Melinda Long, LPN, has no regrets about being a hospice nurse. Hospice fulfills her life, she says.


by James Coburn – Writer/Photographer

Melinda Long is often asked what keeps her as a hospice nurse.
“For me it’s like I’m able to help someone, said Long, LPN, Humanity Hospice, located in Oklahoma City. “It’s kind of like a ministry to me. I’m able to help a patient and a family through a very difficult time. It’s just very rewarding as far as I’m concerned to be able to be there for the patient and the family, to be able to guide them through those really rough difficult times in their last days. I make sure that they’re comfortable and help the family through that.”
Long has been a nurse for 25 years and is currently going through an RN program with Excelsior College online. Her nursing history includes extensive work in home health. She began her career working in a hospital and also worked for a physician.
“After that I got into hospice. A friend of mine said, ‘You should try it,’” she said. “So I’ve been in it seven or eight years now.”
Hospice is a service that is provided to patients and families when a patient has been given a terminal diagnosis. The point is to provide patients a good quality of life for their last days with symptom and pain control.
It’s for the patient and family and making them feel they are not experiencing their journey alone. They have a team of nurses, social workers, chaplains and volunteers to love them during what is perhaps the most vulnerable time of life.
The work, hospice, sometimes scares people, Long said. They often think they are signing their death certificate. But Humanity Hospice serves to enrich life.
Humanity Hospice is different than most places she has worked, Long said. The team has one main goal, she said, and that’s to take care of their patients to be best of their ability.
“We set high standards for our company. We all are in the groove as a team and we all strive for that same goal. And we are all like a family,” she said. “If one person needs help than we all pitch in and help that person. It’s all about our one main goal of giving good quality patient care and to be there for the patients and the family.”
This is severe weather season in Oklahoma. So Long said it’s important to make sure that the patients are safe. Patients’ needs are prioritized during bad weather, she said, whether they be in facilities or in their own homes.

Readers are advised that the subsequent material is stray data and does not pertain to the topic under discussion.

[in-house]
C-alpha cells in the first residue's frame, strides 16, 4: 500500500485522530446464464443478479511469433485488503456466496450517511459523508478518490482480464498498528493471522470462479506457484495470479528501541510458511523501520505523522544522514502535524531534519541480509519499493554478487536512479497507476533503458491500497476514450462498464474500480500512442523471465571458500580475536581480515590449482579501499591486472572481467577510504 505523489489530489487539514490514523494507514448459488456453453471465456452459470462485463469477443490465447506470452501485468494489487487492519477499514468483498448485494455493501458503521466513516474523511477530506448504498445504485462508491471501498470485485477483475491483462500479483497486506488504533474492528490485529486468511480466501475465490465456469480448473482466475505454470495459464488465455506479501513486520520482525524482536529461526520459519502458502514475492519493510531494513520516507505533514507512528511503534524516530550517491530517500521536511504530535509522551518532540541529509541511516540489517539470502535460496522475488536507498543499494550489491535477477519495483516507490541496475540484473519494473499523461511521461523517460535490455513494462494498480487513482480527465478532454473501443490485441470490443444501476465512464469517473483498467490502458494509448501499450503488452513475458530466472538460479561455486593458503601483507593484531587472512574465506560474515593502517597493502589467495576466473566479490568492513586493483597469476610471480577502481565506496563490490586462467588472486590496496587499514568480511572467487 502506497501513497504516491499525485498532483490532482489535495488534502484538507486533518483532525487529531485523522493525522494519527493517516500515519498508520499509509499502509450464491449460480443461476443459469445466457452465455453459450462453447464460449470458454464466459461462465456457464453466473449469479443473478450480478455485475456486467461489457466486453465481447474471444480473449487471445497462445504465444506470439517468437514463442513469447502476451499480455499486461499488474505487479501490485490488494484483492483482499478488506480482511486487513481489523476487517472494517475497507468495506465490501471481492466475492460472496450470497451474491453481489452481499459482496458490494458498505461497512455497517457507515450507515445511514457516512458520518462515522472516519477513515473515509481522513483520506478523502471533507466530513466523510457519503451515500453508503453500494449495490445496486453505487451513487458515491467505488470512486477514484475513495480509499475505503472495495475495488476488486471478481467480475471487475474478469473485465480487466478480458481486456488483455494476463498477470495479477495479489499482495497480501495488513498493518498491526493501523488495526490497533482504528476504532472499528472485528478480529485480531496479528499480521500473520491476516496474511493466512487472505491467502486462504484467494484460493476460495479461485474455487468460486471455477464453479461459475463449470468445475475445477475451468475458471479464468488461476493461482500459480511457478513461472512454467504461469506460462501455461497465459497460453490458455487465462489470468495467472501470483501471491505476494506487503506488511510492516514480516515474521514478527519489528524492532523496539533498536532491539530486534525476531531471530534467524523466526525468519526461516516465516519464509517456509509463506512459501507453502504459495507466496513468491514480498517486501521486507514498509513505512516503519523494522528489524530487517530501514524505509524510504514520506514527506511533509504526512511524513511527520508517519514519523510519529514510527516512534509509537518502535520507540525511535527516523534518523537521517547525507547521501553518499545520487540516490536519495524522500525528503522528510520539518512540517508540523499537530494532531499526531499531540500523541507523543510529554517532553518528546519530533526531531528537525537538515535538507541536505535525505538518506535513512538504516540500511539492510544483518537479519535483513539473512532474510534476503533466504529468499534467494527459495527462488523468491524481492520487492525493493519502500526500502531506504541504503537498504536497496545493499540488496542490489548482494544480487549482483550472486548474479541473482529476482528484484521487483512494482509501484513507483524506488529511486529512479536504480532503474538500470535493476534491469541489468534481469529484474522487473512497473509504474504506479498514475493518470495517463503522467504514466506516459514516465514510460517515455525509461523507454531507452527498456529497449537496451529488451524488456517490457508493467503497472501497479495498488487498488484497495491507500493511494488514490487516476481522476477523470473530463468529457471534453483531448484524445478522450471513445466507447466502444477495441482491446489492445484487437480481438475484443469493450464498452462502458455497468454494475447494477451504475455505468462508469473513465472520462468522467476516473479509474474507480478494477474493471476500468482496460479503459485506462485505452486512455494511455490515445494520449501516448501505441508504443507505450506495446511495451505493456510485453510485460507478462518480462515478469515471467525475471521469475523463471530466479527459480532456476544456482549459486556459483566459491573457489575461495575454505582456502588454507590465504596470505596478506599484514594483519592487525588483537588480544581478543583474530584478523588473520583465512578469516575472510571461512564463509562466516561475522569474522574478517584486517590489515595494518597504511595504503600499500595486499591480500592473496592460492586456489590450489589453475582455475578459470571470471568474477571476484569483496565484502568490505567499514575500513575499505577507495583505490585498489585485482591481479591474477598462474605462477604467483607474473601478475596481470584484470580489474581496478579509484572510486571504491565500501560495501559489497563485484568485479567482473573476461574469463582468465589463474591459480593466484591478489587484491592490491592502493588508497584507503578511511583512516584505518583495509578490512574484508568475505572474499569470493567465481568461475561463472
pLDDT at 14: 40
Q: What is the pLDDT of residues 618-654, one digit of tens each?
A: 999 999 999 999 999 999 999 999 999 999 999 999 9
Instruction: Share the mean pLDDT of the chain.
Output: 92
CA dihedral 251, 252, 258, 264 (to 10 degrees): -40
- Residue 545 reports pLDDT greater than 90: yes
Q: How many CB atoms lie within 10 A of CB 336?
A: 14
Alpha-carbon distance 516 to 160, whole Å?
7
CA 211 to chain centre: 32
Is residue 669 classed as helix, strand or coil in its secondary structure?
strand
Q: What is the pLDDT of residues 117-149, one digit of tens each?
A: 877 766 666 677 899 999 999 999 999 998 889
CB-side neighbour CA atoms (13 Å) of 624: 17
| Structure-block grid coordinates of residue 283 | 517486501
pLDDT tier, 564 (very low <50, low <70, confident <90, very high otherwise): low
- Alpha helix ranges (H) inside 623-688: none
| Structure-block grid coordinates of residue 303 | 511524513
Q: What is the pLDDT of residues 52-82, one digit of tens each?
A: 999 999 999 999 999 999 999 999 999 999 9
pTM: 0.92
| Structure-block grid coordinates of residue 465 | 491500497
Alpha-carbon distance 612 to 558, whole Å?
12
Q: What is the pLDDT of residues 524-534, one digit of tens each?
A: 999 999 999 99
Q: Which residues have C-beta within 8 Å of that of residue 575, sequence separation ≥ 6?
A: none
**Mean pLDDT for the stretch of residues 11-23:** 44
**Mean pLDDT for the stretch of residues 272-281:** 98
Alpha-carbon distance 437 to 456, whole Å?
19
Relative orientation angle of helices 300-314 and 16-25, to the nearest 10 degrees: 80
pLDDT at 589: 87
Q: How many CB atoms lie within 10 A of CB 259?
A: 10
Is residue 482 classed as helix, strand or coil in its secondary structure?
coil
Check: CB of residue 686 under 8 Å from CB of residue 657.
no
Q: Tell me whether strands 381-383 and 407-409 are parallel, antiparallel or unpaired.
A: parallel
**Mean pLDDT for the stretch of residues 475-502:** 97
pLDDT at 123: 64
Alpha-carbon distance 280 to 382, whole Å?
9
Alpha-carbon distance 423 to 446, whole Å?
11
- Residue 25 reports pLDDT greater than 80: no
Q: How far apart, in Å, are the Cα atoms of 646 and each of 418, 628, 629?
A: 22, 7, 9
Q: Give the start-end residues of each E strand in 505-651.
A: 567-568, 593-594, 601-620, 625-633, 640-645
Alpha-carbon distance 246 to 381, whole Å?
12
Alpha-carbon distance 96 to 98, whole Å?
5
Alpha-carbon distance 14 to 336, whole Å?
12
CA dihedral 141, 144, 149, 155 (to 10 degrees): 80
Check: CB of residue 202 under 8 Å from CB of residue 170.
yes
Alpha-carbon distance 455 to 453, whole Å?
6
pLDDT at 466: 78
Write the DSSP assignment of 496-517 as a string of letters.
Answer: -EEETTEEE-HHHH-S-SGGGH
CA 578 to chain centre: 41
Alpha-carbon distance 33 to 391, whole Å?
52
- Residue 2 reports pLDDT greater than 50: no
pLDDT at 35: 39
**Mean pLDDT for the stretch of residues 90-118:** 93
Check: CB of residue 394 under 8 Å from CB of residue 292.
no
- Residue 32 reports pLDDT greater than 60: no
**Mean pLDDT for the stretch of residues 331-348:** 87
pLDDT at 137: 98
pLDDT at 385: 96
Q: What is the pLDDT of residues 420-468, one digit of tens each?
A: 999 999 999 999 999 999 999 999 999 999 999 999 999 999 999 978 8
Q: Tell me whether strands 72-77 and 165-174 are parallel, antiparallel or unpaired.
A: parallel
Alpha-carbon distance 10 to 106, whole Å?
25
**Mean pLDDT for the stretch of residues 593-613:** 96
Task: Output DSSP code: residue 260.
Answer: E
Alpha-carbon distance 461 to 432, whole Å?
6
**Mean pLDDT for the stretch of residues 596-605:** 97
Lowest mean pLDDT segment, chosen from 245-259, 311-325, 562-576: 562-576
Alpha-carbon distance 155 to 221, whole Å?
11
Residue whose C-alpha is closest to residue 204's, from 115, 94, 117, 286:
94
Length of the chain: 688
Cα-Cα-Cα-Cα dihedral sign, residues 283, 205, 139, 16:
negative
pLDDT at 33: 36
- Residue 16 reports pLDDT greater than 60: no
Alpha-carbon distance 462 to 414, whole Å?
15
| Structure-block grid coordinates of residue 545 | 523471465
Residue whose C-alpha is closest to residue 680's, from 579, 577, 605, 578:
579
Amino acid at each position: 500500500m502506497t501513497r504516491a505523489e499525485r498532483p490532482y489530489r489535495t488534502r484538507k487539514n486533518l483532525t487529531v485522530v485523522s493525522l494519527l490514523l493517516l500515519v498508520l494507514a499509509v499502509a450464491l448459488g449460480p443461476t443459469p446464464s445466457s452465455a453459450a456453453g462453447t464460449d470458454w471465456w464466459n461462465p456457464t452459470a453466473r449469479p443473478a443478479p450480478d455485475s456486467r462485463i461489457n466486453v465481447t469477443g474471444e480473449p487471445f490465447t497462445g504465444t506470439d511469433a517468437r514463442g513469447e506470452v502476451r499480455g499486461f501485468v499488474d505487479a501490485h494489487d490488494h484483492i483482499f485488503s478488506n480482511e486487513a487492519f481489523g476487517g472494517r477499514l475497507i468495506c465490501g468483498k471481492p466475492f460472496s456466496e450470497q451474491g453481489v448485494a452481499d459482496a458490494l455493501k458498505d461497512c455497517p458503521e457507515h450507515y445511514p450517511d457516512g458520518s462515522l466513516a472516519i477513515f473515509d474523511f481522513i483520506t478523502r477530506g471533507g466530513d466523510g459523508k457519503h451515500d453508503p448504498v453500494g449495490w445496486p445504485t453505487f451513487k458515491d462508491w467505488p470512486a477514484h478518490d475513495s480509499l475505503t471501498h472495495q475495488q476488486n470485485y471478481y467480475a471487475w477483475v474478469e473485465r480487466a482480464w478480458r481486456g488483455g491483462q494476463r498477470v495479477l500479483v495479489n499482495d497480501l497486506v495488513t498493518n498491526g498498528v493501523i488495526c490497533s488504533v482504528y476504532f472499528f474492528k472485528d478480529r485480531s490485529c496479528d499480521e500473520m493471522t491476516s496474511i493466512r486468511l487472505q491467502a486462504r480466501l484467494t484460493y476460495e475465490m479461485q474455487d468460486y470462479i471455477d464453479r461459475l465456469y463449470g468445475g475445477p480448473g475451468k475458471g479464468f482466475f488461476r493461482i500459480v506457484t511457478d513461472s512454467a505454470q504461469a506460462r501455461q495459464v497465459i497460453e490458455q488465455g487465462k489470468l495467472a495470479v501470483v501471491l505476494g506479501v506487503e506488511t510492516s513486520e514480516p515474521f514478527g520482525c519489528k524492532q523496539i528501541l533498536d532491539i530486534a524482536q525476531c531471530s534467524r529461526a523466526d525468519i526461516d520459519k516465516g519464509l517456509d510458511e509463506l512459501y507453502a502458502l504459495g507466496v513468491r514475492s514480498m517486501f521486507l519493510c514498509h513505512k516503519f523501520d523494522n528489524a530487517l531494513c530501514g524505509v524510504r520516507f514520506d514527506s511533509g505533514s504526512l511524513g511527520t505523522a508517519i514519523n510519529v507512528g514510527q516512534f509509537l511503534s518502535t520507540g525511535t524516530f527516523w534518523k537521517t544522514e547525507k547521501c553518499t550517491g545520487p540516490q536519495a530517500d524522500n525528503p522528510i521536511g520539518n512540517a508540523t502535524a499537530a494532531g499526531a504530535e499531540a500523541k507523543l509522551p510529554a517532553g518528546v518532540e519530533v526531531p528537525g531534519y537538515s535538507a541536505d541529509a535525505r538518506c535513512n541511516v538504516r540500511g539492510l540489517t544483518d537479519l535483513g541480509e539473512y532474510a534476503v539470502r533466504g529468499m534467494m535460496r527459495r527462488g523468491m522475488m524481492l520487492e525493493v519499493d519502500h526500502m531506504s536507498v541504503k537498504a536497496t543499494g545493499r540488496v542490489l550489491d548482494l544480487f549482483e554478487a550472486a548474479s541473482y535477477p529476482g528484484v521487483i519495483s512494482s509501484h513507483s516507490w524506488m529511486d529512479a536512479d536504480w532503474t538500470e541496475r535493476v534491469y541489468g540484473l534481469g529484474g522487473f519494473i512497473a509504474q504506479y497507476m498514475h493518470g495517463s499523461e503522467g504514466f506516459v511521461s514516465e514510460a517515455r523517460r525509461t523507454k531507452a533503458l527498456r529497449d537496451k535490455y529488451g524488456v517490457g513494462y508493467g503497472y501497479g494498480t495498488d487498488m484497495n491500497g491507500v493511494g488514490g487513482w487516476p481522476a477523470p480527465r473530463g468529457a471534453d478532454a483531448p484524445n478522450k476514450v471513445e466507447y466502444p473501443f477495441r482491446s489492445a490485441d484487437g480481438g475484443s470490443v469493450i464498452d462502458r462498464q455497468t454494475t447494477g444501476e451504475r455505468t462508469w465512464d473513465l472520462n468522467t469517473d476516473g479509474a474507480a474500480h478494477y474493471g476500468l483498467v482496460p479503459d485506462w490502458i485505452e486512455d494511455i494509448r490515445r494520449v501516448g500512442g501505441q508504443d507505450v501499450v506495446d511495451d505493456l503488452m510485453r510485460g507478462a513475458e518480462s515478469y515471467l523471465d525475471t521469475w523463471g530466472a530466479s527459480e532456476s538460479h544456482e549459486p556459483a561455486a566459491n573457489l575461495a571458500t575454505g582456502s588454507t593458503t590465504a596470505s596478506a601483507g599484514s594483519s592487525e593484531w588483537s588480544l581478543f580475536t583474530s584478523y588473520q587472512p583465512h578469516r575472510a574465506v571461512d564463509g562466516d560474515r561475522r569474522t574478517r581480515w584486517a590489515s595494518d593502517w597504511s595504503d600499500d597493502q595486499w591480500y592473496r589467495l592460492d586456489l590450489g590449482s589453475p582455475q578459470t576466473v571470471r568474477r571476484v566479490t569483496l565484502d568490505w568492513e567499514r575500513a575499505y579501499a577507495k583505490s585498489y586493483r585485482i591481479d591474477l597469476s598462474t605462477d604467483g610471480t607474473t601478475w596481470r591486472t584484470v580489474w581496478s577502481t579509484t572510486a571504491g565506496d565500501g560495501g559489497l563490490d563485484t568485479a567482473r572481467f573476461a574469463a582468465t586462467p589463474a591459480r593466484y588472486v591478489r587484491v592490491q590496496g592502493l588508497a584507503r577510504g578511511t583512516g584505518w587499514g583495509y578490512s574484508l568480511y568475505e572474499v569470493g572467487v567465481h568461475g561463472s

“We’ve got a lot of patients that may be on oxygen – those types of things. So we look at that situation. We want to make sure that our patients have back-up oxygen,” Long continued. “We want to make sure our patients have all of the necessary medications that they need. We make sure everyone is comfortable and cared for. We touch base with the families and that sort of thing, especially those patients in the homes.”
“Now the facilities – we don’t worry as much because they have staff there taking care of them. But our real main concern is making sure our home patients are safe – everybody is safe.”
As she has gotten to know her patients, Long has come to admire their strength. Many of her patients have cancer. Many of them stay in her mind.
“A lot of those patients stick out in my mind who are courageous,” she said.
No matter the situation, be it pain or having a bad day with nausea; they always have a great attitude, Long said.
“They always have a smile. And we do everything we can to make them as comfortable as possible. But those kinds of patients run across my mind because they say, ‘This is what I’ve been dealt with. I’m going to make the most of it,’” Long explained.
Education is key for family members because it is extremely painful to watch a family member go through the dying process.
“We basically guide them through,” said Long, who has always enjoyed being around people. Before nursing, she was in retail. So she was dealing with the public a lot.
“And I just thought, ‘You know, I think I want to do something more involved with people,’” she said. “I’ve always loved the elderly. I’ve always enjoyed the great relationship I had with my grandparents.”
“So to me, I just got in to this, and I just really enjoy doing it,” Long said.